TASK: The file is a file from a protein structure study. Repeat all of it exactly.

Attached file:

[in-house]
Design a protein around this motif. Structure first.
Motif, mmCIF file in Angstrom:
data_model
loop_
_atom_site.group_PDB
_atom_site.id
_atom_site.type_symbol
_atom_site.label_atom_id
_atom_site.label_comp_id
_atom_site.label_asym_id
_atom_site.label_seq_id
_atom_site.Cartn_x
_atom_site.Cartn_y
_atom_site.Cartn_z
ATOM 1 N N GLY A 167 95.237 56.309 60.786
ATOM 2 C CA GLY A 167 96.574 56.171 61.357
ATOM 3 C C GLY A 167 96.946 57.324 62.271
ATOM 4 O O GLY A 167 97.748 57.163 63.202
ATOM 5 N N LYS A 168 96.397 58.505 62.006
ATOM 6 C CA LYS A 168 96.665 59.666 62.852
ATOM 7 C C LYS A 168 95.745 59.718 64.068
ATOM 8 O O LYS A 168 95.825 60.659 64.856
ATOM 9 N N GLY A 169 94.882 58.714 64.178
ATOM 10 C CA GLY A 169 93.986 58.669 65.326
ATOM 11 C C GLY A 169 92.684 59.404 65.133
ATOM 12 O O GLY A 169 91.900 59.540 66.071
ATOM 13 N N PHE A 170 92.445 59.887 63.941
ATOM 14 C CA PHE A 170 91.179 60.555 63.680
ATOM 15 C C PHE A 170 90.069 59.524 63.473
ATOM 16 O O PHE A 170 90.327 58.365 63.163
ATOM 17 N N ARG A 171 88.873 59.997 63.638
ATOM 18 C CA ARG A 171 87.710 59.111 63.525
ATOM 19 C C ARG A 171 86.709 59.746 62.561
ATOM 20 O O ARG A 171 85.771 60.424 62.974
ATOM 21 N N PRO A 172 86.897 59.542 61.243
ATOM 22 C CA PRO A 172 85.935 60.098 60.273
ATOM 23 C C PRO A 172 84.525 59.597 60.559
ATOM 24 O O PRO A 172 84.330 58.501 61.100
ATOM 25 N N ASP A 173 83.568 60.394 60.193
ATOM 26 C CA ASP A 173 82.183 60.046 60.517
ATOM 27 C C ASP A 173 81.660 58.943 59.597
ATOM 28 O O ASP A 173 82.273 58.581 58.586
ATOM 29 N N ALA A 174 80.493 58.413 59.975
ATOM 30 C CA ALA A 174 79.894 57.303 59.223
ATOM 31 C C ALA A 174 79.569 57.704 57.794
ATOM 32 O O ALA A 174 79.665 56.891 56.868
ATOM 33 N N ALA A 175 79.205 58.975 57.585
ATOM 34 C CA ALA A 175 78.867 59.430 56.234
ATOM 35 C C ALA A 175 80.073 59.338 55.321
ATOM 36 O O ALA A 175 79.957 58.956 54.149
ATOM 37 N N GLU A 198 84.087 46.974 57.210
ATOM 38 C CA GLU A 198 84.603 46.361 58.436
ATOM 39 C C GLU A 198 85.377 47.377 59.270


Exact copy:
[in-house]
Design a protein around this motif. Structure first.
Motif, mmCIF file in Angstrom:
data_model
loop_
_atom_site.group_PDB
_atom_site.id
_atom_site.type_symbol
_atom_site.label_atom_id
_atom_site.label_comp_id
_atom_site.label_asym_id
_atom_site.label_seq_id
_atom_site.Cartn_x
_atom_site.Cartn_y
_atom_site.Cartn_z
ATOM 1 N N GLY A 167 95.237 56.309 60.786
ATOM 2 C CA GLY A 167 96.574 56.171 61.357
ATOM 3 C C GLY A 167 96.946 57.324 62.271
ATOM 4 O O GLY A 167 97.748 57.163 63.202
ATOM 5 N N LYS A 168 96.397 58.505 62.006
ATOM 6 C CA LYS A 168 96.665 59.666 62.852
ATOM 7 C C LYS A 168 95.745 59.718 64.068
ATOM 8 O O LYS A 168 95.825 60.659 64.856
ATOM 9 N N GLY A 169 94.882 58.714 64.178
ATOM 10 C CA GLY A 169 93.986 58.669 65.326
ATOM 11 C C GLY A 169 92.684 59.404 65.133
ATOM 12 O O GLY A 169 91.900 59.540 66.071
ATOM 13 N N PHE A 170 92.445 59.887 63.941
ATOM 14 C CA PHE A 170 91.179 60.555 63.680
ATOM 15 C C PHE A 170 90.069 59.524 63.473
ATOM 16 O O PHE A 170 90.327 58.365 63.163
ATOM 17 N N ARG A 171 88.873 59.997 63.638
ATOM 18 C CA ARG A 171 87.710 59.111 63.525
ATOM 19 C C ARG A 171 86.709 59.746 62.561
ATOM 20 O O ARG A 171 85.771 60.424 62.974
ATOM 21 N N PRO A 172 86.897 59.542 61.243
ATOM 22 C CA PRO A 172 85.935 60.098 60.273
ATOM 23 C C PRO A 172 84.525 59.597 60.559
ATOM 24 O O PRO A 172 84.330 58.501 61.100
ATOM 25 N N ASP A 173 83.568 60.394 60.193
ATOM 26 C CA ASP A 173 82.183 60.046 60.517
ATOM 27 C C ASP A 173 81.660 58.943 59.597
ATOM 28 O O ASP A 173 82.273 58.581 58.586
ATOM 29 N N ALA A 174 80.493 58.413 59.975
ATOM 30 C CA ALA A 174 79.894 57.303 59.223
ATOM 31 C C ALA A 174 79.569 57.704 57.794
ATOM 32 O O ALA A 174 79.665 56.891 56.868
ATOM 33 N N ALA A 175 79.205 58.975 57.585
ATOM 34 C CA ALA A 175 78.867 59.430 56.234
ATOM 35 C C ALA A 175 80.073 59.338 55.321
ATOM 36 O O ALA A 175 79.957 58.956 54.149
ATOM 37 N N GLU A 198 84.087 46.974 57.210
ATOM 38 C CA GLU A 198 84.603 46.361 58.436
ATOM 39 C C GLU A 198 85.377 47.377 59.270